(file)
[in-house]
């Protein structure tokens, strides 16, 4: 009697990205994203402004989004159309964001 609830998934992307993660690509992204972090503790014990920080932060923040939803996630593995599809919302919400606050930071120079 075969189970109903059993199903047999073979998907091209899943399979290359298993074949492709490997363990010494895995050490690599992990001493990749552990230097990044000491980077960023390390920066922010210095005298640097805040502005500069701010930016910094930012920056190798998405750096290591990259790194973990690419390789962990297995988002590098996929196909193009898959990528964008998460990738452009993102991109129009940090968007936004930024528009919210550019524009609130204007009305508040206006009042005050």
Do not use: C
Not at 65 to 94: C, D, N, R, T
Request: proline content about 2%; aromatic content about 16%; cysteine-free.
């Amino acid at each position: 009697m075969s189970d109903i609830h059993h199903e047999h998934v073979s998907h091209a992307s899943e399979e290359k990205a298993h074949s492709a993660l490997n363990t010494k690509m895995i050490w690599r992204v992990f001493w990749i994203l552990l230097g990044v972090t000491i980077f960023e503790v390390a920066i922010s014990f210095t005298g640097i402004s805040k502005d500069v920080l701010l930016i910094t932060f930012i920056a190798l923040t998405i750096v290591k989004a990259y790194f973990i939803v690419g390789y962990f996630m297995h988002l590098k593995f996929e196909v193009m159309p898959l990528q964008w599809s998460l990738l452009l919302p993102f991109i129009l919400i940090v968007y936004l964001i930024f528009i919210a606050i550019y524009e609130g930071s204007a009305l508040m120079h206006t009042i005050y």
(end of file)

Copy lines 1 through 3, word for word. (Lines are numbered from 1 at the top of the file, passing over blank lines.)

[in-house]
């Protein structure tokens, strides 16, 4: 009697990205994203402004989004159309964001 609830998934992307993660690509992204972090503790014990920080932060923040939803996630593995599809919302919400606050930071120079 075969189970109903059993199903047999073979998907091209899943399979290359298993074949492709490997363990010494895995050490690599992990001493990749552990230097990044000491980077960023390390920066922010210095005298640097805040502005500069701010930016910094930012920056190798998405750096290591990259790194973990690419390789962990297995988002590098996929196909193009898959990528964008998460990738452009993102991109129009940090968007936004930024528009919210550019524009609130204007009305508040206006009042005050």
Do not use: C